Native SDS Page

OTT#1313

Applications

There is a great need for a robust method that combines the electrophoretic resolution of proteins with retention of their functional behavior.

Target Problems

In traditional SDS-PAGE the proteins are well separated but are denatured such that the structure and function are no longer adequately maintained for carrying out further functional assays.

Key Features

  • Better Resolution: Electrophoretic resolution is superior to Native PAGE methods
  • Activity Maintained: Researchers can conduct further experiments with the electrophoresis products unlike with standard SDS-PAGE
  • Quick to Market: Only small adjustments to sample buffer and run buffers and SDS-PAGE kits currently in production will be required for the new product
  • Inexpensive Development: Minimal costs would be necessary to develop the “kit” for distribution
  • Numerous Applications: Useful for proteomics works, drug discovery, diagnostics, personalized medicine, protein-based therapeutics, and toxicology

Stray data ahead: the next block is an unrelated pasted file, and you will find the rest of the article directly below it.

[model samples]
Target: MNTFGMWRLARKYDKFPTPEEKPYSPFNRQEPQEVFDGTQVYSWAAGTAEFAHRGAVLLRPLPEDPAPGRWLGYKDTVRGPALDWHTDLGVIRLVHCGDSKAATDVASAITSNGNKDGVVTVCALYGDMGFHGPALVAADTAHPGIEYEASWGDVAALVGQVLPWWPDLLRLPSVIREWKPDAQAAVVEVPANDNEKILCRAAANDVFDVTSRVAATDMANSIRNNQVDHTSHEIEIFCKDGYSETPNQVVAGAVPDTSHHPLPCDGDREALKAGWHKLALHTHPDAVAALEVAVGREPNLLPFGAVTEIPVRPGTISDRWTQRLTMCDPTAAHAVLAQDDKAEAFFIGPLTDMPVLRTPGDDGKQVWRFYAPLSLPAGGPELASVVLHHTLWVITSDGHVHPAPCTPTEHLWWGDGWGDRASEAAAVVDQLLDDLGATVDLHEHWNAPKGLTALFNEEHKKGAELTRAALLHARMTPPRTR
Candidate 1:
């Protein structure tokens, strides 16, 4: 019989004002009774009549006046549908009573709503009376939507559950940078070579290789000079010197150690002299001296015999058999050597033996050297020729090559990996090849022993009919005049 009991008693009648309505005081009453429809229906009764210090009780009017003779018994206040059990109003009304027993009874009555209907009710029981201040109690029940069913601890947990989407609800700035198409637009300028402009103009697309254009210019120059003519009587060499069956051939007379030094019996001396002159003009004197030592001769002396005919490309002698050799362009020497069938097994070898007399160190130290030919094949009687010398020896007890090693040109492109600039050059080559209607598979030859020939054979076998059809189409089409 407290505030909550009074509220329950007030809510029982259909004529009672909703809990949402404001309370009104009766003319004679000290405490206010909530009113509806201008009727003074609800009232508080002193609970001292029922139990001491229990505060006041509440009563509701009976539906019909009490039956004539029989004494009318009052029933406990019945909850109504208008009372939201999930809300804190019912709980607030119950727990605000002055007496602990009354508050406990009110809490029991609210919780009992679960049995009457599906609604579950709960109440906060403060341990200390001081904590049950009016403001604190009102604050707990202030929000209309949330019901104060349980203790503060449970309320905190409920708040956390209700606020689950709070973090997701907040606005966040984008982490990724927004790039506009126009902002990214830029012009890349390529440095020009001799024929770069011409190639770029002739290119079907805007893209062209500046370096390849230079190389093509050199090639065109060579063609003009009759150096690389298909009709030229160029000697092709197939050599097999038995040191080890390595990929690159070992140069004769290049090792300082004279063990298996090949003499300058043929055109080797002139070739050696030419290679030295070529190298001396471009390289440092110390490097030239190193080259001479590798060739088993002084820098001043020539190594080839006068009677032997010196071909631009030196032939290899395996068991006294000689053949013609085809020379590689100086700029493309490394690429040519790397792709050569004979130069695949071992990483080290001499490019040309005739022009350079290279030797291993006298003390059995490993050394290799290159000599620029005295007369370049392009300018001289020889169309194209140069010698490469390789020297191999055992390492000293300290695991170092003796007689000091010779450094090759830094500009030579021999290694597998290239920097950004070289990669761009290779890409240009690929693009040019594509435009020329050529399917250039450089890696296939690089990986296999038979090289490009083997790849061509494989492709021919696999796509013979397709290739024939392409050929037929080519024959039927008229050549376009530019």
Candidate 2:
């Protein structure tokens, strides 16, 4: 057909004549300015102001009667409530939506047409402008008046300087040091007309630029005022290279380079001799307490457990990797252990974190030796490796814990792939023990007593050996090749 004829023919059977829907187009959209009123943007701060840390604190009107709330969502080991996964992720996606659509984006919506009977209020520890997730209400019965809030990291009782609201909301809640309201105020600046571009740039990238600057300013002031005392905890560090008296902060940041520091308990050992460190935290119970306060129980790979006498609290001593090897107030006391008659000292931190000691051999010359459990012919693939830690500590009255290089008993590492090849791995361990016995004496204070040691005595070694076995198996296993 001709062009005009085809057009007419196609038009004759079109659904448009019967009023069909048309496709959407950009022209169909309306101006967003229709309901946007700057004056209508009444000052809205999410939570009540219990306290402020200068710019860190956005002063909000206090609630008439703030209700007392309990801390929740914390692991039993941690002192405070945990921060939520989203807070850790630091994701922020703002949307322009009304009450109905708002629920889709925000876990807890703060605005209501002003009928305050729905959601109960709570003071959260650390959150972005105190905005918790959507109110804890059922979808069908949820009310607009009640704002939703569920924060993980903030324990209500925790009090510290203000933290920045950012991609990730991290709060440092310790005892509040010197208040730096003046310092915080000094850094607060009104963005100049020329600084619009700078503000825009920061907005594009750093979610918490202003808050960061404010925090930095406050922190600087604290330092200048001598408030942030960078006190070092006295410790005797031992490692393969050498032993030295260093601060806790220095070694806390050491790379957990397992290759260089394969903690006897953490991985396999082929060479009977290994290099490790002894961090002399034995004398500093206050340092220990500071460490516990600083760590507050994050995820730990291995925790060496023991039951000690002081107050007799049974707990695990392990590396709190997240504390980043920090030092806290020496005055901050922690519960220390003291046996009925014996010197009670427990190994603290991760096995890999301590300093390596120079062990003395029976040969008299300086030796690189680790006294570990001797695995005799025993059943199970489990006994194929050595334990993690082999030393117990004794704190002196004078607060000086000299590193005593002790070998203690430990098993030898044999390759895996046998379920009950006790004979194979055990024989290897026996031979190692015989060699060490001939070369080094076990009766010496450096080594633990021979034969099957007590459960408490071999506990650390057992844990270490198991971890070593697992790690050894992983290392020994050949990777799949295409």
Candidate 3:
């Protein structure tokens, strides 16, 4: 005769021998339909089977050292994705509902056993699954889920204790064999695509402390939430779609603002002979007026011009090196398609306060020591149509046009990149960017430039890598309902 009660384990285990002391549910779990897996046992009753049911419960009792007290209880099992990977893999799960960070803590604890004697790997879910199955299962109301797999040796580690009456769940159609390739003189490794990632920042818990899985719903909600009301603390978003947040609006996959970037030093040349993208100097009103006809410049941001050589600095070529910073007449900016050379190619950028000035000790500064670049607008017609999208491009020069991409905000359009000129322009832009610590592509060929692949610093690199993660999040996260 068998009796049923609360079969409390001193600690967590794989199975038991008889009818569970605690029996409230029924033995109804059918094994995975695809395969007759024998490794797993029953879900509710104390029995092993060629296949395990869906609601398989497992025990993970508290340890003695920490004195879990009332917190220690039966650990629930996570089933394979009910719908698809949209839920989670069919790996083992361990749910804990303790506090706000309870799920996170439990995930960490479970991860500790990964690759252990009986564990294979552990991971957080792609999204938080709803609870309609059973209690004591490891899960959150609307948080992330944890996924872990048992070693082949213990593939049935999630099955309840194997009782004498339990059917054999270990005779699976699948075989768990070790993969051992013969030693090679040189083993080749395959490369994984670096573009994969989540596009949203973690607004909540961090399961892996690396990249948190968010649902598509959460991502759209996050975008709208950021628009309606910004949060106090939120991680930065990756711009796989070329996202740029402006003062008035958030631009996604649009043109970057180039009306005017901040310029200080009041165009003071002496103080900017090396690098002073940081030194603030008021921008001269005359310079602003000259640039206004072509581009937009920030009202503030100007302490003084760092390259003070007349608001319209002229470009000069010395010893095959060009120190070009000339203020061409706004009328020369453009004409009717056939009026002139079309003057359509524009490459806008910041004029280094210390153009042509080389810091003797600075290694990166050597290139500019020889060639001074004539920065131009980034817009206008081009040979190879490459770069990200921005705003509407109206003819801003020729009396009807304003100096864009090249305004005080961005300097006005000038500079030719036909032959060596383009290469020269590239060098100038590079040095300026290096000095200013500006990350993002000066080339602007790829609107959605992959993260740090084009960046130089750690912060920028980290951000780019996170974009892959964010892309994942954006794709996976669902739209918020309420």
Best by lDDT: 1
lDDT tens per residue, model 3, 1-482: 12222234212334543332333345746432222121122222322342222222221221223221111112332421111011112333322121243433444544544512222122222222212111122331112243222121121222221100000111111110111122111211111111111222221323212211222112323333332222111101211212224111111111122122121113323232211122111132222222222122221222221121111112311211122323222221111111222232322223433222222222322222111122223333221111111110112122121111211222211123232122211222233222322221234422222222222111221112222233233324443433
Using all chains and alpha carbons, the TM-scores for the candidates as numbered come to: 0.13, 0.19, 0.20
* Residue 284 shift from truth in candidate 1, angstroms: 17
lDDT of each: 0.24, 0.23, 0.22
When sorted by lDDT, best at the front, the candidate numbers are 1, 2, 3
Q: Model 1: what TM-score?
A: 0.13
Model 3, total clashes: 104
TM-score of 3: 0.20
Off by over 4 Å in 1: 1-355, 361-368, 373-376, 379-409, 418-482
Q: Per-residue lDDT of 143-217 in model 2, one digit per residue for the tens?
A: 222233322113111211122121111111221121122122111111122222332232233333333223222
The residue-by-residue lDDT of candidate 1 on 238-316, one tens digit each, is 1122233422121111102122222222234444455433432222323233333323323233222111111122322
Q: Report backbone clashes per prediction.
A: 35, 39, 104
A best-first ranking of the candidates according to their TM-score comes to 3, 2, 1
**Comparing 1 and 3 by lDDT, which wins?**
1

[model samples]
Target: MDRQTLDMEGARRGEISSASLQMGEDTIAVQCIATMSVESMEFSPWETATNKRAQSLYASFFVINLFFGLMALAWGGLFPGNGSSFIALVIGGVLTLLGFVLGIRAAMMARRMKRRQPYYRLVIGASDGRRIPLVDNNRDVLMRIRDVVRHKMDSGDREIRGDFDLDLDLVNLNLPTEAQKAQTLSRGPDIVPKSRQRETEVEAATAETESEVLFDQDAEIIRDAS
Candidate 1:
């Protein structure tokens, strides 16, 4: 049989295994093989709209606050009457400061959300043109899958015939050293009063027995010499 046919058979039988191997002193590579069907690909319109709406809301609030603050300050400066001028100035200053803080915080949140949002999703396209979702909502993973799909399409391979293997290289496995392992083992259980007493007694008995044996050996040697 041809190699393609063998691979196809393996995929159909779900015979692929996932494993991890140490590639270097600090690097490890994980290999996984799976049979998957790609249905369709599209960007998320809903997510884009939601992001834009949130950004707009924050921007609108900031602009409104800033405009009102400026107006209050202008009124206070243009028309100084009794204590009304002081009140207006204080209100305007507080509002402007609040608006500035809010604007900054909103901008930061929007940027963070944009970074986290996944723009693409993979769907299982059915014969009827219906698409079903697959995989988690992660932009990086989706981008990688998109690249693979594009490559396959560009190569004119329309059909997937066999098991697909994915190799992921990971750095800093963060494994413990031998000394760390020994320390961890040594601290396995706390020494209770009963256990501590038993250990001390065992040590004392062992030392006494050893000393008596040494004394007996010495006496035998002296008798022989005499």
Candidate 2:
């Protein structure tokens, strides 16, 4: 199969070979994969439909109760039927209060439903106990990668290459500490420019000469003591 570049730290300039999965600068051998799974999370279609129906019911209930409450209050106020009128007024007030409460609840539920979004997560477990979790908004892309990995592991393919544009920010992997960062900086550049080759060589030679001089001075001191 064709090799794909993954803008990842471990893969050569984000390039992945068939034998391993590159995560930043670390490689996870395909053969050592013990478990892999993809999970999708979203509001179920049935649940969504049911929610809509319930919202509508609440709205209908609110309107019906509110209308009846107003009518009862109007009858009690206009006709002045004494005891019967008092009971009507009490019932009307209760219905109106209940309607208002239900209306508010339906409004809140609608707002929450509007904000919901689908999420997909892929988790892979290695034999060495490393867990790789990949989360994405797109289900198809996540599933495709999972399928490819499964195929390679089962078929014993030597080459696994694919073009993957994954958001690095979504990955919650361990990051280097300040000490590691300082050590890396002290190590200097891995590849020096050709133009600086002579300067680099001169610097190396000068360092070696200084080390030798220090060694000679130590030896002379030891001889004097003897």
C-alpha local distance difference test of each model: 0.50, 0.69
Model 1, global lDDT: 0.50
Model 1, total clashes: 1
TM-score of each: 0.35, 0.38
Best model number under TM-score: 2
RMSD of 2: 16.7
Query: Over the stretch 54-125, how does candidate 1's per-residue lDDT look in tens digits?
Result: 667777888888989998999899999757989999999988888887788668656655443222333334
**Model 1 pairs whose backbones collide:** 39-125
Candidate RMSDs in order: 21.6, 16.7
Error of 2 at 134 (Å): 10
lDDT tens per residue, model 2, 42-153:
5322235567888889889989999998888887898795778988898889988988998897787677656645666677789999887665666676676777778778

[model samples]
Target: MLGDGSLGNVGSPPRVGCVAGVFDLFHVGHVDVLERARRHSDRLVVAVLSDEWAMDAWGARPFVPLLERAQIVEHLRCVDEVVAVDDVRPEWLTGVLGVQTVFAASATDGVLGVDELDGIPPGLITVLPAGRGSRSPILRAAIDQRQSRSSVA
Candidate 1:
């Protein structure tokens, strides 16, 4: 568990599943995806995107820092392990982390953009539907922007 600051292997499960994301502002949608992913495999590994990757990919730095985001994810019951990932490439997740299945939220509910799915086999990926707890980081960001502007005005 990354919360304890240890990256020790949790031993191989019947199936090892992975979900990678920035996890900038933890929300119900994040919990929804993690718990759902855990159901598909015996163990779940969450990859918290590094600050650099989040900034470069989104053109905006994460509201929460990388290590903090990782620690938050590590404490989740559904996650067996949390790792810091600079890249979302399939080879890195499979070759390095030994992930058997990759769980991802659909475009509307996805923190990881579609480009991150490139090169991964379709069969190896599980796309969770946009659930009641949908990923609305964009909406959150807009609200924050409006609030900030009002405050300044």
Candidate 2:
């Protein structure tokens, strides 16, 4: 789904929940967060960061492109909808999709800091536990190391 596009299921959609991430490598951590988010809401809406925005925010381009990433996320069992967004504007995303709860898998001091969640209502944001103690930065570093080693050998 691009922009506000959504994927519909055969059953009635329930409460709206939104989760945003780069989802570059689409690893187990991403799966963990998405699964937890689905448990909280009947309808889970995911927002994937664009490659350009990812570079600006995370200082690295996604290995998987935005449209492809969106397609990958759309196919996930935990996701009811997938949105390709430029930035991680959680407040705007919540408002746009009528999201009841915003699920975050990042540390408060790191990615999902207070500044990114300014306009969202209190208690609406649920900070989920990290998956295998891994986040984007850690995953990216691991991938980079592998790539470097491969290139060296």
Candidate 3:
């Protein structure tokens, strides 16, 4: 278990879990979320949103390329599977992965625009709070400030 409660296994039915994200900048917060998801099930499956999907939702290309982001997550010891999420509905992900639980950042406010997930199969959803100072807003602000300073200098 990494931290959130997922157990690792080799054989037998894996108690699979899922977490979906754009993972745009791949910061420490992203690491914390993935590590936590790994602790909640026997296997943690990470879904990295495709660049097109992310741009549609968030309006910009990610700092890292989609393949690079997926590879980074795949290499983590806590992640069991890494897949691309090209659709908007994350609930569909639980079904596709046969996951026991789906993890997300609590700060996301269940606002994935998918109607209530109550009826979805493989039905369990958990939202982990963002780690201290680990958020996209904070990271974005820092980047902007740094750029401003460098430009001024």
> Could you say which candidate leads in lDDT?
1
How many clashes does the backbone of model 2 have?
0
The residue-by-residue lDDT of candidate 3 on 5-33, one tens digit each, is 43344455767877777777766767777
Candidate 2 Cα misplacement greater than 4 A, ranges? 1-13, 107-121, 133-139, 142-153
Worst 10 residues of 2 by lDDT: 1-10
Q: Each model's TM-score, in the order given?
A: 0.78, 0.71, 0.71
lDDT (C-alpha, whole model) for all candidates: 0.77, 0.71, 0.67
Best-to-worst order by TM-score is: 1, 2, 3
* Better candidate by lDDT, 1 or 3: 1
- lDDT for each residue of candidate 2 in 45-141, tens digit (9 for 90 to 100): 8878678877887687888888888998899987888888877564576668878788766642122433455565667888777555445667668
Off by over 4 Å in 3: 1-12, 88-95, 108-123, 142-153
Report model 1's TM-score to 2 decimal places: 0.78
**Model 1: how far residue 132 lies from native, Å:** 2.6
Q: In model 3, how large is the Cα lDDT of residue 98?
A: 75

Technology

A new method of sodium dodecyl sulfate polyacrylamide gel electrophoresis (SDS-PAGE) in which proteins can be well separated during electrophoresis as well as maintain their native 3-dimensional conformations and functional activity. This native SDS-PAGE method will allow for important new experiments to be conducted in the proteomic field and a better understanding of proteins such as isolation from the gel of native proteins for further analysis, direct in-gel assay of enzymatic activity, direct in-gel survey of binding activity of proteins with small molecules (e.g. drugs, toxic agents) and macromolecules (e.g. protein binding partners including antibodies, cognate DNA binding sites), and isolation of protein for subsequent mass spectral identification.
Our easy to implement Native SDS-PAGE method has retained the enzymatic activity of a number of enzymes tested and has also maintained protein complexes in a bound state.

Intellectual Property

Issued U.S. Patent, Native protein electrophoresis and methods of use, US9709526B2

About the Inventor (s)

Dr. David Petering, University Distinguished Professor, University of Wisconsin-Milwaukee, Chemistry & Biochemistry

For more information contact: Jessica Silvaggi, Ph.D., CLP | Vice President| Tel: 414-906-4654